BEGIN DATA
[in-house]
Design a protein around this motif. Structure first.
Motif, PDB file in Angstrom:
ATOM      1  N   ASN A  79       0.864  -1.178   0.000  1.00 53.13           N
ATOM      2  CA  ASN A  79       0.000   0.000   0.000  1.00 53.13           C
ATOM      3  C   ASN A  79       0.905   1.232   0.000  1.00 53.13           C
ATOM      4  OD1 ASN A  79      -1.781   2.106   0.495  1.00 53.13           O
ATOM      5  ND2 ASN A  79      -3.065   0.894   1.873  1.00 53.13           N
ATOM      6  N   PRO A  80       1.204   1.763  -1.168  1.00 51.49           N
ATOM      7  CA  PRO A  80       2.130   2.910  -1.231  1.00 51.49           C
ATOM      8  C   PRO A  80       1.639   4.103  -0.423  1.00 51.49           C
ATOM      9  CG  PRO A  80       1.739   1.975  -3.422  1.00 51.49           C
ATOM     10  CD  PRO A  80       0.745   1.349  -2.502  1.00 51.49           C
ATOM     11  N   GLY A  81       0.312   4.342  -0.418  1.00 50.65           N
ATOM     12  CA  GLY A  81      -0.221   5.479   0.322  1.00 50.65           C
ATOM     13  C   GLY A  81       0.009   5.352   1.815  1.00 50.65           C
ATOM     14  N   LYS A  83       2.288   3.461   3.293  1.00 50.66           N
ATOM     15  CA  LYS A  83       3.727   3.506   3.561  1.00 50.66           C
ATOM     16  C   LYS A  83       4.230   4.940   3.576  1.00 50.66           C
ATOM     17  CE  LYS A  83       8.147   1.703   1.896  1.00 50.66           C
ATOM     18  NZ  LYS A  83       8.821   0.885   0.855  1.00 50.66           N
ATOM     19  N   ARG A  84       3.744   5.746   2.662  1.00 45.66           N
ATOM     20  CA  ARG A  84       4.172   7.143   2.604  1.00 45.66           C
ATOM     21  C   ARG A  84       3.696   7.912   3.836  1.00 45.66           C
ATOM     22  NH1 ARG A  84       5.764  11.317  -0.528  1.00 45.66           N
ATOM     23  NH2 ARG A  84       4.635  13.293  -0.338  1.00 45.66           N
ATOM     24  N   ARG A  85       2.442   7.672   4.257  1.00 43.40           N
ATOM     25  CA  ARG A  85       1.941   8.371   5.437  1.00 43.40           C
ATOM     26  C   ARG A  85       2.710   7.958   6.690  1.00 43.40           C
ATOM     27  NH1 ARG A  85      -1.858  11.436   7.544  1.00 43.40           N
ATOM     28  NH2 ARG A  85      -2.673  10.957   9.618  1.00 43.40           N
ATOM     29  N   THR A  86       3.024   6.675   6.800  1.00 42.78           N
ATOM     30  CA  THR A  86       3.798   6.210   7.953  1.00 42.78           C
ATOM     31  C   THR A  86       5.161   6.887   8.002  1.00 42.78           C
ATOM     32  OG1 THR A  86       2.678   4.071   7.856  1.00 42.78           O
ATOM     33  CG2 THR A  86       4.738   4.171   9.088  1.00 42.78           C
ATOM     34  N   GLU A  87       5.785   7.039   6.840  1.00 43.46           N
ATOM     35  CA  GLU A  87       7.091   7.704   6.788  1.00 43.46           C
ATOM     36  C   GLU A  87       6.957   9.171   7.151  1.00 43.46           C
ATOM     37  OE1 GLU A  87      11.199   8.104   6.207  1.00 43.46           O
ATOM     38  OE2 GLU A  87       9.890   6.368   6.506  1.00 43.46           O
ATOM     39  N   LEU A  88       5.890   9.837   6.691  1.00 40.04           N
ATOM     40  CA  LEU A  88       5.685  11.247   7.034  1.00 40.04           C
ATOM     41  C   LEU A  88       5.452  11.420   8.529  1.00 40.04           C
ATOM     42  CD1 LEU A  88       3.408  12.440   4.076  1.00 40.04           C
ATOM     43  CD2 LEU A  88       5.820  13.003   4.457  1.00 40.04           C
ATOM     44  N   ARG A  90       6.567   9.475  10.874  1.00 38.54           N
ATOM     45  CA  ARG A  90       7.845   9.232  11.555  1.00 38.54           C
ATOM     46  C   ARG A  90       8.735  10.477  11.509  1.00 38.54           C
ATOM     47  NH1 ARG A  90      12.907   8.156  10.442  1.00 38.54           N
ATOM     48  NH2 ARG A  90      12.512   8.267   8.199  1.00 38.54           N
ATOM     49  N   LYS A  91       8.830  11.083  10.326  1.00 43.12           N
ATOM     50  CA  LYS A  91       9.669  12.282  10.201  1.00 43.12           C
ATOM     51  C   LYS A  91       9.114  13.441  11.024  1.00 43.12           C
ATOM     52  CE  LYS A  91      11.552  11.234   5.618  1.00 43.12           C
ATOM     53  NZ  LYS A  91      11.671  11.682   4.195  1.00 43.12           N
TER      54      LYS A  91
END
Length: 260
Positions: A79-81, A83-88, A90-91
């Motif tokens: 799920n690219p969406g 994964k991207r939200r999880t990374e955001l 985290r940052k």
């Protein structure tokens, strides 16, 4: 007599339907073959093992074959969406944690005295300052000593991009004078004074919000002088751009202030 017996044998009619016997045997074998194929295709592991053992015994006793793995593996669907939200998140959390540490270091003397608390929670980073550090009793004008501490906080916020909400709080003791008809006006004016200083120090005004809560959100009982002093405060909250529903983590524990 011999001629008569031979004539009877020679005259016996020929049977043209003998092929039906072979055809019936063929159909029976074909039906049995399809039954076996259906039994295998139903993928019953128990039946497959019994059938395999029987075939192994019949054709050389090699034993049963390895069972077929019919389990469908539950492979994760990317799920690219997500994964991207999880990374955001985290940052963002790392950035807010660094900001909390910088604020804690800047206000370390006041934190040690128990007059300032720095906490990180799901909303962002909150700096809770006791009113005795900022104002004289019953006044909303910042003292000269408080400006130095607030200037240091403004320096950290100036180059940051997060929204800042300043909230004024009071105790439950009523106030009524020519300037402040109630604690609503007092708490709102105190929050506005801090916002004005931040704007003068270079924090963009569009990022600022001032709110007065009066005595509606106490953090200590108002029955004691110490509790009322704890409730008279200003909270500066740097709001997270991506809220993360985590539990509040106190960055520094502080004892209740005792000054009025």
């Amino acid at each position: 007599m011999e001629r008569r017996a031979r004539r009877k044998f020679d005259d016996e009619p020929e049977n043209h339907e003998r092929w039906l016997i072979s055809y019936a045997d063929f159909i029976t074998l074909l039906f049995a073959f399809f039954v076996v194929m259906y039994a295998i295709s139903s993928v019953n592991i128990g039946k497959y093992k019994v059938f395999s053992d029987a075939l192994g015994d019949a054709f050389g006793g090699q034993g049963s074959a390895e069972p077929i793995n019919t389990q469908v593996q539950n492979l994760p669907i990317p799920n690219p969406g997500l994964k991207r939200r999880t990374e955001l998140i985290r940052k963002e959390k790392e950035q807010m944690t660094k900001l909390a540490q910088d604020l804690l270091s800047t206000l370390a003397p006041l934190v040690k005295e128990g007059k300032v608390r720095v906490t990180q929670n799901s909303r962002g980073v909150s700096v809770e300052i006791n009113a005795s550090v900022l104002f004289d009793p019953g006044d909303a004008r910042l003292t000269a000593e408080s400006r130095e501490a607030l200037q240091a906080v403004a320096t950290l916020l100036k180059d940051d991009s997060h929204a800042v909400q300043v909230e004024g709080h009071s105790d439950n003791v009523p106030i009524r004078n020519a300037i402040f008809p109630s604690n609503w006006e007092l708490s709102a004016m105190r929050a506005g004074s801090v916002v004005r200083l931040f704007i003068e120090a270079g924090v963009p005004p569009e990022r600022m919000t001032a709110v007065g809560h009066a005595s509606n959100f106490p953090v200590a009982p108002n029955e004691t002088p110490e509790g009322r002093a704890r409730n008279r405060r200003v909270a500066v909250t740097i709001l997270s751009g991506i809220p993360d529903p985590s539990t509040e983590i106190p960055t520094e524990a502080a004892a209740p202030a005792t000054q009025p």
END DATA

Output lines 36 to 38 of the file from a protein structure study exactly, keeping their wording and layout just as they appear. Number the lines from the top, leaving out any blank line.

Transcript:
ATOM     33  CG2 THR A  86       4.738   4.171   9.088  1.00 42.78           C
ATOM     34  N   GLU A  87       5.785   7.039   6.840  1.00 43.46           N
ATOM     35  CA  GLU A  87       7.091   7.704   6.788  1.00 43.46           C